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Warehouse Apps Get RFID Upgrade

RedPrairie's latest warehouse management system will handle both bar codes and RFID tags.
Feb 02, 2003Feb. 3, 2003 - RedPrairie is upgrading its warehouse management system (WMS) to give customers a way to transition from bar codes to radio frequency identification tags. The next version of the company's DLx Warehouse product, due out at the end of this quarter, will be able to handle data from both bar codes and RFID tags.

"Our customer base tends to be multi-site, and switching over to RFID all at once is impractical," says Noah Dixon, product manager for visibility and warehouse functions at RedPrairie (formerly McHugh Software). "This release will allow our customers to use paper bar coding and RFID solutions side by side for a period of time."
Next up: automatic location scanning

The system links the unique ID on a bar code with the unique ID on an RFID tag. Once the link is established, staff can scan either the bar code or the RFID tag from then on. The system is being design specifically to track CHEP pallets.

CHEP is introducing pallets that will have two RFID tags each. Each tag will carry an Electronic Product Code (EPC). CHEP will use one EPC internally to track pallets and offer customers the option of using the other to track their goods. CHEP has linked the two tags to the pallet by writing a third identifier to both tags. RedPrairie's system will be able to use the EPC tags and the CHEP identifier.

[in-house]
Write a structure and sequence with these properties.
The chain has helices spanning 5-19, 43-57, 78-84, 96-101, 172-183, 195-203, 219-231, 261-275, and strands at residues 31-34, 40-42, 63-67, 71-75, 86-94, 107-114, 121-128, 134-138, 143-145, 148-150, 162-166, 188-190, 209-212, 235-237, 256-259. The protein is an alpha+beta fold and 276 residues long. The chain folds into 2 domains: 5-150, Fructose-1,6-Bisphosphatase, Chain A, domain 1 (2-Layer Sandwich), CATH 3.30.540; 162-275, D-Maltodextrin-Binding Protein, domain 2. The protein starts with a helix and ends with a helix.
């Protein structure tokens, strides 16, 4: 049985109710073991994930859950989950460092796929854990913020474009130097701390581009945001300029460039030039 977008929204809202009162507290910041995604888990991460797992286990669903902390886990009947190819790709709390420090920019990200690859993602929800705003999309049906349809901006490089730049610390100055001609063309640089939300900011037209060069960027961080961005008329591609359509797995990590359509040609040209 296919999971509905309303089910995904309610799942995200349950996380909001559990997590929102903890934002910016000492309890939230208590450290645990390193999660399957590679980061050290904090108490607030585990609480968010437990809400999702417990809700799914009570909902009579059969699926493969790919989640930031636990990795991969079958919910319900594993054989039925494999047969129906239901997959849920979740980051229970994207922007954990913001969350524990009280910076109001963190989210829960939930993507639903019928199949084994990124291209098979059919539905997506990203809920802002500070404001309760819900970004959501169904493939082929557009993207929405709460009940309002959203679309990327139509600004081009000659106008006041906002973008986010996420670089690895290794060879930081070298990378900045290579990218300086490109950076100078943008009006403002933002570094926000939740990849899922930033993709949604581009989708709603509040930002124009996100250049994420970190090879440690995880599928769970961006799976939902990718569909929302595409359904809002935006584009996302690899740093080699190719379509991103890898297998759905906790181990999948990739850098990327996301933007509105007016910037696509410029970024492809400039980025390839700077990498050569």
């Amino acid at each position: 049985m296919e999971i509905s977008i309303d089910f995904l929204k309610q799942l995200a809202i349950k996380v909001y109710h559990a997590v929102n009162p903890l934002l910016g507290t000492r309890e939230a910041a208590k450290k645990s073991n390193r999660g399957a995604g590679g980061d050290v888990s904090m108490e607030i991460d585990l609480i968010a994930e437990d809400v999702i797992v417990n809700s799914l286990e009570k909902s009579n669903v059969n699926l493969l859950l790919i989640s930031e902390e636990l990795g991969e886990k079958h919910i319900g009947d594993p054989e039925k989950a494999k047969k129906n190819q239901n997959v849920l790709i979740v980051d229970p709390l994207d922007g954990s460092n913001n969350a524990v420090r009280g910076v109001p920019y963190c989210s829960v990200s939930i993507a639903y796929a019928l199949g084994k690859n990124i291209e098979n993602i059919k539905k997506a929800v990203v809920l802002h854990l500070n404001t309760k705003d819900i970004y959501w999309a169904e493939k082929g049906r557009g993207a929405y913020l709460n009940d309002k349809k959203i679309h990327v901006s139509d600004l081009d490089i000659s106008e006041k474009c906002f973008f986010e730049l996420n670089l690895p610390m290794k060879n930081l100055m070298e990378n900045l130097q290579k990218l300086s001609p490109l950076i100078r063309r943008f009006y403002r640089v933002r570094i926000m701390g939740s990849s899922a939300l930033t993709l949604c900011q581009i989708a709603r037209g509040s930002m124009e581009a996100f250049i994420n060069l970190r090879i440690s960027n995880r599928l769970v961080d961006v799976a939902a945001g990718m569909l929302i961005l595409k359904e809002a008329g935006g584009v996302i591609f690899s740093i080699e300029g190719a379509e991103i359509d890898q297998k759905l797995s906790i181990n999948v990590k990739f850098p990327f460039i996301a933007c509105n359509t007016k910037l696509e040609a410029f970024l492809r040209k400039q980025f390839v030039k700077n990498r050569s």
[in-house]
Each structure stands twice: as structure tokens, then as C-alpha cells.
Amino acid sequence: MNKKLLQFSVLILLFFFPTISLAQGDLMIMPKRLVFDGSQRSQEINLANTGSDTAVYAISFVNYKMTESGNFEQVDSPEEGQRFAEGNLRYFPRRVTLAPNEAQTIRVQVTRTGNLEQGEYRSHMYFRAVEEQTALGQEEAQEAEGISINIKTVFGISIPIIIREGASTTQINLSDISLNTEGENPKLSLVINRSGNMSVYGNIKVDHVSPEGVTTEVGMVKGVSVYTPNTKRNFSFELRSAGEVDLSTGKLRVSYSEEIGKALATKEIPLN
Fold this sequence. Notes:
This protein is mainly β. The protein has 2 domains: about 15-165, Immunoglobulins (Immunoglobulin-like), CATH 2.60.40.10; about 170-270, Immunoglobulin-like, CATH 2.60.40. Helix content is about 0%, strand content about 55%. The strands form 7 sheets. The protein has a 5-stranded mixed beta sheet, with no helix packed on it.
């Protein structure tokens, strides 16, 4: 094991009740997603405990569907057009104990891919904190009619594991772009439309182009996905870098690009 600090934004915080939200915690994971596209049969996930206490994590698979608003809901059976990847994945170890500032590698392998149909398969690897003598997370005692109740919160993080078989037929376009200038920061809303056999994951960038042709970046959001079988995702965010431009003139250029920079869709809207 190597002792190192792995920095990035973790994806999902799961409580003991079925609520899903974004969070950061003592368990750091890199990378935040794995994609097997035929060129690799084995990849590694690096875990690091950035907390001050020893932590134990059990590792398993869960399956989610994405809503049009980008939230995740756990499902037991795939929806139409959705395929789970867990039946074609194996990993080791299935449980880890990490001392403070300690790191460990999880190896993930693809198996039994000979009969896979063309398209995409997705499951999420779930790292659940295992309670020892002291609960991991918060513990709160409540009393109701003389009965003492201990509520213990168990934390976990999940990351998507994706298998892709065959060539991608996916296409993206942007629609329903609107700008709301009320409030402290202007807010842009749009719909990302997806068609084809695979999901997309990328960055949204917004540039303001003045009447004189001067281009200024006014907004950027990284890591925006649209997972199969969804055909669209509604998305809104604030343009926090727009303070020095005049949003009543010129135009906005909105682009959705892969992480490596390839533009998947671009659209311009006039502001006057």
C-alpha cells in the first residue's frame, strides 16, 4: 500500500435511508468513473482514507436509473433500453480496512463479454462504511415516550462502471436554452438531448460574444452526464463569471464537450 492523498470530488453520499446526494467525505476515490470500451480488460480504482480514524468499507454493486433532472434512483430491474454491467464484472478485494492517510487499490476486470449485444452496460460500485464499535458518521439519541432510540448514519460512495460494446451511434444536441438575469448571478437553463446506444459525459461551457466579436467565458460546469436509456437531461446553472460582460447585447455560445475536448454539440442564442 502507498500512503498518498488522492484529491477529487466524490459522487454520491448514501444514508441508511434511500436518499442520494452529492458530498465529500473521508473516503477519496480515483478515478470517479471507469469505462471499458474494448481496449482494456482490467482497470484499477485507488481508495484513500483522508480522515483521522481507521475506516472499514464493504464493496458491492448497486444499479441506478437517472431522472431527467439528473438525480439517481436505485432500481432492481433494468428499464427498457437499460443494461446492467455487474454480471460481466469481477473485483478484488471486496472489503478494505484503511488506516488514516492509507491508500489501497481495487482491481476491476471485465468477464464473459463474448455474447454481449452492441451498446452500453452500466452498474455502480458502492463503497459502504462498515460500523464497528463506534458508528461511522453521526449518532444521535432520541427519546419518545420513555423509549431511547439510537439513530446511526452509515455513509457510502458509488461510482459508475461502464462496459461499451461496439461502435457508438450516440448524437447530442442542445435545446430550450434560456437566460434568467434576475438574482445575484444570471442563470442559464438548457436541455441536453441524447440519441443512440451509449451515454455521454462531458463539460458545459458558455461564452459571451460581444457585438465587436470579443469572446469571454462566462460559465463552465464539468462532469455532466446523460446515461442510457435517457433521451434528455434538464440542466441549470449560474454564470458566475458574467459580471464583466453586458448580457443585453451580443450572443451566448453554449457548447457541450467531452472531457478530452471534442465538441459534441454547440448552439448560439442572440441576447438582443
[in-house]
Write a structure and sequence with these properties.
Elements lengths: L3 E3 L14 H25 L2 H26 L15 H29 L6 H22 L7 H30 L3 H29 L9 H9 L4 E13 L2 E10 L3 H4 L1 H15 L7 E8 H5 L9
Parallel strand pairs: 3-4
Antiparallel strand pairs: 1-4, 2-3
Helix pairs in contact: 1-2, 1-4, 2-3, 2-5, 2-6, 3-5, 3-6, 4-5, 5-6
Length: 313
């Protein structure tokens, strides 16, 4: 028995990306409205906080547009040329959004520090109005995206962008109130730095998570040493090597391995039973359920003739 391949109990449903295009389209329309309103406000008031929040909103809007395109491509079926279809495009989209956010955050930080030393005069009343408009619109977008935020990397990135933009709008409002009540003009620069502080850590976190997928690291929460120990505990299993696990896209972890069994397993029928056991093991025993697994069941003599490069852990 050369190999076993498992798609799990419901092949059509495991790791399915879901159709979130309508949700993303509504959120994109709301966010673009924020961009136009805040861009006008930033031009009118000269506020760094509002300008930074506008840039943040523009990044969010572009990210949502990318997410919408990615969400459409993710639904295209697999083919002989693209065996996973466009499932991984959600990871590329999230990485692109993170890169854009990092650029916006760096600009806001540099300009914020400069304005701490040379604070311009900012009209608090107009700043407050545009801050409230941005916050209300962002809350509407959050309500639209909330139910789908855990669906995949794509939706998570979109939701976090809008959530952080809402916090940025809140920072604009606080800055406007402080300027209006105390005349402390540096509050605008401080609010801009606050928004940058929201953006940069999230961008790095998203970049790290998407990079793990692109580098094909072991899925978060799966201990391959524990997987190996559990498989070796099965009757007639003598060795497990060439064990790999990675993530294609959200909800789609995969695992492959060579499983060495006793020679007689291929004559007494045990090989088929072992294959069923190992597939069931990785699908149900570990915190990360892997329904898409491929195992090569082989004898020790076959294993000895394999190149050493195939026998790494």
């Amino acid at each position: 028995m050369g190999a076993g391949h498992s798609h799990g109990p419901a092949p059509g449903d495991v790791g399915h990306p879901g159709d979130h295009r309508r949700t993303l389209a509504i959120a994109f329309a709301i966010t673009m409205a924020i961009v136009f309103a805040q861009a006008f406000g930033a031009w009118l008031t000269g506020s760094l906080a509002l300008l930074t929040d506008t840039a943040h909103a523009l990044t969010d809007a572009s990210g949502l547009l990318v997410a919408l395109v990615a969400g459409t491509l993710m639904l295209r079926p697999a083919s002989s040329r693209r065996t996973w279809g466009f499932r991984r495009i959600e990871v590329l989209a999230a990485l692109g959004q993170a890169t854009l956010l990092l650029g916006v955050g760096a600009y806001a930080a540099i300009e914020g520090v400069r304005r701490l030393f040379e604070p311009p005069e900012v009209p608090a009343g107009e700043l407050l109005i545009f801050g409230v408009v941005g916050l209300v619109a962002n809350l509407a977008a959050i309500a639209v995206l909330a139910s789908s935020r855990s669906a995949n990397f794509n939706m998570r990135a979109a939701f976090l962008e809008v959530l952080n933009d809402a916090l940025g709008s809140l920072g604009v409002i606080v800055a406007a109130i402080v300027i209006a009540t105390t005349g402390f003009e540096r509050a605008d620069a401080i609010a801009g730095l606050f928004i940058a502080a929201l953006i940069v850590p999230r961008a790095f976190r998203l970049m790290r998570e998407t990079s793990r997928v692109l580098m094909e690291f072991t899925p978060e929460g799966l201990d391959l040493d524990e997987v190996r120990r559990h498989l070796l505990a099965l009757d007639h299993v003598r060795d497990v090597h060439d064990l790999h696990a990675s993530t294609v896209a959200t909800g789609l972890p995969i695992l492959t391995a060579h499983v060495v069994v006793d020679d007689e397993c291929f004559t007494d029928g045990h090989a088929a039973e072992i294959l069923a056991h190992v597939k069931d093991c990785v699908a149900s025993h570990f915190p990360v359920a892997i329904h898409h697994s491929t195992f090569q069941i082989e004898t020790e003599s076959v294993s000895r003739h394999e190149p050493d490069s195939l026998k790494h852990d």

The initial aim is to give companies a way to automate the process of counting what's been shipped out of or received into the warehouse. That data can be checked against what was supposed to be shipped or received. The RFID capability will also be integrated into cycle counting and other WMS functions.

Dixon says the system can track either pallets or pallets and cases, but initially he doesn't expect customers to track cases, simply because the RFID tags are still too expensive. He also says the equipment is still limited.

"There are devices that handle both [RFID tags and bar codes] at the same time, but the scanners that we will be using don't do long range scanning," he says. "The maximum read range is about five feet, and for a pallet warehouse, that's less than ideal."

RedPrairie, based in Waukesha, Wisc., also plans to introduce, at its user conference in April, a visibility tool called LENS, which will pull data from the WMS and display it, so that companies can track CHEP pallets as they move through the supply chain.

By the end of the year, RedPrairie plans to further enhance the system by offering automated scanning of location. The idea is that a tag would be placed at a warehouse bay or rack, and a reader on a forklift would scan it automatically. The WMS would then match the identifier on the pallet to the one on the location.

Dixon says RedPrairie is looking for a hardware vendor that can develop a system that will make it possible for readers on forklifts to identify locations accurately, without interfering with the normal operations of the forklift. The company wants to offer a turnkey solution.

Manhattan Associates recently announced that it was adding RFID capabilities to its own WMS (see Manhattan Associates Gets RFID). Many experts believe that warehouses will be among the first areas to benefit from the use of RFID for tracking goods in the supply chain.

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